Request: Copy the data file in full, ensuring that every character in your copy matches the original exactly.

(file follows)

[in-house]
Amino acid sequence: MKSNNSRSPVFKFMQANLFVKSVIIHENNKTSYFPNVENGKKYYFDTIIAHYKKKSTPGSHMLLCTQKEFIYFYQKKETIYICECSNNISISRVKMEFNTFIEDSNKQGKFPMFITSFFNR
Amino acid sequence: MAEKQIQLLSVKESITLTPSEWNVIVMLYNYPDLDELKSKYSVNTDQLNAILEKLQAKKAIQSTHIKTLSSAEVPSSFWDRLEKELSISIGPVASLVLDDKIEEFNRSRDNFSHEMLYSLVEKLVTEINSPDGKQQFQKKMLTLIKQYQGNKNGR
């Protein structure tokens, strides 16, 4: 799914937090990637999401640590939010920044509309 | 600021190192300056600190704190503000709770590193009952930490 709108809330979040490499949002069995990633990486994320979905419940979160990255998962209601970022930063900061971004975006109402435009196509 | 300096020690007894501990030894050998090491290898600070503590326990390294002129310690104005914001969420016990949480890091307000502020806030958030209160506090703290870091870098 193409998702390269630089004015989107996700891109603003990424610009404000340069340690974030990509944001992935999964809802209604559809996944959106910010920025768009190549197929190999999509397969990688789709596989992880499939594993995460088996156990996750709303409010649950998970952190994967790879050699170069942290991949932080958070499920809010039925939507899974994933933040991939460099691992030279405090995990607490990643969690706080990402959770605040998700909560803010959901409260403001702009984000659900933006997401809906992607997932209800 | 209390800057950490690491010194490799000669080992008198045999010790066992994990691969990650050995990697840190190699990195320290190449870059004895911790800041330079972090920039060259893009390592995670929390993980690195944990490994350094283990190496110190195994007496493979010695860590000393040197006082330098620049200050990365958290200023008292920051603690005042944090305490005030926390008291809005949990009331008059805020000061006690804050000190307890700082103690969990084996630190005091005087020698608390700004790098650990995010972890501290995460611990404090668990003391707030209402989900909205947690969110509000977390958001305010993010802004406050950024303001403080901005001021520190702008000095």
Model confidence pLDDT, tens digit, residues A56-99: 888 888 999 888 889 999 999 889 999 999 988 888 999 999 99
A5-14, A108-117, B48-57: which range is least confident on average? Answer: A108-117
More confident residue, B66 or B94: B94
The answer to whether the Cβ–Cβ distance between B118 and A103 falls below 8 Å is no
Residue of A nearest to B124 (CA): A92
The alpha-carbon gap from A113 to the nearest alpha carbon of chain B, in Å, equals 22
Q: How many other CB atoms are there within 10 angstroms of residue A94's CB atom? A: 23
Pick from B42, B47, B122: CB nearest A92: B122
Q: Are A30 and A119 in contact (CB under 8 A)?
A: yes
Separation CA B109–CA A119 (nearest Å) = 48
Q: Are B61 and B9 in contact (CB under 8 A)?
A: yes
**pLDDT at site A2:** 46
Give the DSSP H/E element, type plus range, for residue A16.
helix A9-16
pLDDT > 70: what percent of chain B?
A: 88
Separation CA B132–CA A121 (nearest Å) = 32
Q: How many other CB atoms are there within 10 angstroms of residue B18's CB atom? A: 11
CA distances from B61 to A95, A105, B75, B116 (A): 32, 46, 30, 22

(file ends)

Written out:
[in-house]
Amino acid sequence: MKSNNSRSPVFKFMQANLFVKSVIIHENNKTSYFPNVENGKKYYFDTIIAHYKKKSTPGSHMLLCTQKEFIYFYQKKETIYICECSNNISISRVKMEFNTFIEDSNKQGKFPMFITSFFNR
Amino acid sequence: MAEKQIQLLSVKESITLTPSEWNVIVMLYNYPDLDELKSKYSVNTDQLNAILEKLQAKKAIQSTHIKTLSSAEVPSSFWDRLEKELSISIGPVASLVLDDKIEEFNRSRDNFSHEMLYSLVEKLVTEINSPDGKQQFQKKMLTLIKQYQGNKNGR
């Protein structure tokens, strides 16, 4: 799914937090990637999401640590939010920044509309 | 600021190192300056600190704190503000709770590193009952930490 709108809330979040490499949002069995990633990486994320979905419940979160990255998962209601970022930063900061971004975006109402435009196509 | 300096020690007894501990030894050998090491290898600070503590326990390294002129310690104005914001969420016990949480890091307000502020806030958030209160506090703290870091870098 193409998702390269630089004015989107996700891109603003990424610009404000340069340690974030990509944001992935999964809802209604559809996944959106910010920025768009190549197929190999999509397969990688789709596989992880499939594993995460088996156990996750709303409010649950998970952190994967790879050699170069942290991949932080958070499920809010039925939507899974994933933040991939460099691992030279405090995990607490990643969690706080990402959770605040998700909560803010959901409260403001702009984000659900933006997401809906992607997932209800 | 209390800057950490690491010194490799000669080992008198045999010790066992994990691969990650050995990697840190190699990195320290190449870059004895911790800041330079972090920039060259893009390592995670929390993980690195944990490994350094283990190496110190195994007496493979010695860590000393040197006082330098620049200050990365958290200023008292920051603690005042944090305490005030926390008291809005949990009331008059805020000061006690804050000190307890700082103690969990084996630190005091005087020698608390700004790098650990995010972890501290995460611990404090668990003391707030209402989900909205947690969110509000977390958001305010993010802004406050950024303001403080901005001021520190702008000095």
Model confidence pLDDT, tens digit, residues A56-99: 888 888 999 888 889 999 999 889 999 999 988 888 999 999 99
A5-14, A108-117, B48-57: which range is least confident on average? Answer: A108-117
More confident residue, B66 or B94: B94
The answer to whether the Cβ–Cβ distance between B118 and A103 falls below 8 Å is no
Residue of A nearest to B124 (CA): A92
The alpha-carbon gap from A113 to the nearest alpha carbon of chain B, in Å, equals 22
Q: How many other CB atoms are there within 10 angstroms of residue A94's CB atom? A: 23
Pick from B42, B47, B122: CB nearest A92: B122
Q: Are A30 and A119 in contact (CB under 8 A)?
A: yes
Separation CA B109–CA A119 (nearest Å) = 48
Q: Are B61 and B9 in contact (CB under 8 A)?
A: yes
**pLDDT at site A2:** 46
Give the DSSP H/E element, type plus range, for residue A16.
helix A9-16
pLDDT > 70: what percent of chain B?
A: 88
Separation CA B132–CA A121 (nearest Å) = 32
Q: How many other CB atoms are there within 10 angstroms of residue B18's CB atom? A: 11
CA distances from B61 to A95, A105, B75, B116 (A): 32, 46, 30, 22